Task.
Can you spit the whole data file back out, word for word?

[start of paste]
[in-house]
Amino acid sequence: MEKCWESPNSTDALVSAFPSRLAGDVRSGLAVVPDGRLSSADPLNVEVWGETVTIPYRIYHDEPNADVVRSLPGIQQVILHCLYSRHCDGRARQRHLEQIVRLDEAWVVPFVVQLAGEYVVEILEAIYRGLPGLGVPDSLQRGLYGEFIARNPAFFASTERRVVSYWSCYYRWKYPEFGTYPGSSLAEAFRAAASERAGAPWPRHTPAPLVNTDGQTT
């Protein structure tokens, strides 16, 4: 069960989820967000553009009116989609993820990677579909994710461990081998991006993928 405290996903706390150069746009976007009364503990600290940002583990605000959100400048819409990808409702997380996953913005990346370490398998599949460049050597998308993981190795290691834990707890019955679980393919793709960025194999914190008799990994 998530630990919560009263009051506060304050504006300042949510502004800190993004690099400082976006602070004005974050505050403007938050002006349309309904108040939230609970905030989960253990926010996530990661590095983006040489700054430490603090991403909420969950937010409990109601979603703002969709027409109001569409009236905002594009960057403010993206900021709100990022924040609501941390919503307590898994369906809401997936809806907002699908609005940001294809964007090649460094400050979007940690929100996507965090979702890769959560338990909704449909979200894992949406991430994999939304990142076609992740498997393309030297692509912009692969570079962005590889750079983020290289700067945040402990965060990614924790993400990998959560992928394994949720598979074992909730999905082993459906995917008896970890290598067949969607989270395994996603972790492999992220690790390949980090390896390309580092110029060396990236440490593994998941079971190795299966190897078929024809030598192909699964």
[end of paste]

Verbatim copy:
[in-house]
Amino acid sequence: MEKCWESPNSTDALVSAFPSRLAGDVRSGLAVVPDGRLSSADPLNVEVWGETVTIPYRIYHDEPNADVVRSLPGIQQVILHCLYSRHCDGRARQRHLEQIVRLDEAWVVPFVVQLAGEYVVEILEAIYRGLPGLGVPDSLQRGLYGEFIARNPAFFASTERRVVSYWSCYYRWKYPEFGTYPGSSLAEAFRAAASERAGAPWPRHTPAPLVNTDGQTT
């Protein structure tokens, strides 16, 4: 069960989820967000553009009116989609993820990677579909994710461990081998991006993928 405290996903706390150069746009976007009364503990600290940002583990605000959100400048819409990808409702997380996953913005990346370490398998599949460049050597998308993981190795290691834990707890019955679980393919793709960025194999914190008799990994 998530630990919560009263009051506060304050504006300042949510502004800190993004690099400082976006602070004005974050505050403007938050002006349309309904108040939230609970905030989960253990926010996530990661590095983006040489700054430490603090991403909420969950937010409990109601979603703002969709027409109001569409009236905002594009960057403010993206900021709100990022924040609501941390919503307590898994369906809401997936809806907002699908609005940001294809964007090649460094400050979007940690929100996507965090979702890769959560338990909704449909979200894992949406991430994999939304990142076609992740498997393309030297692509912009692969570079962005590889750079983020290289700067945040402990965060990614924790993400990998959560992928394994949720598979074992909730999905082993459906995917008896970890290598067949969607989270395994996603972790492999992220690790390949980090390896390309580092110029060396990236440490593994998941079971190795299966190897078929024809030598192909699964």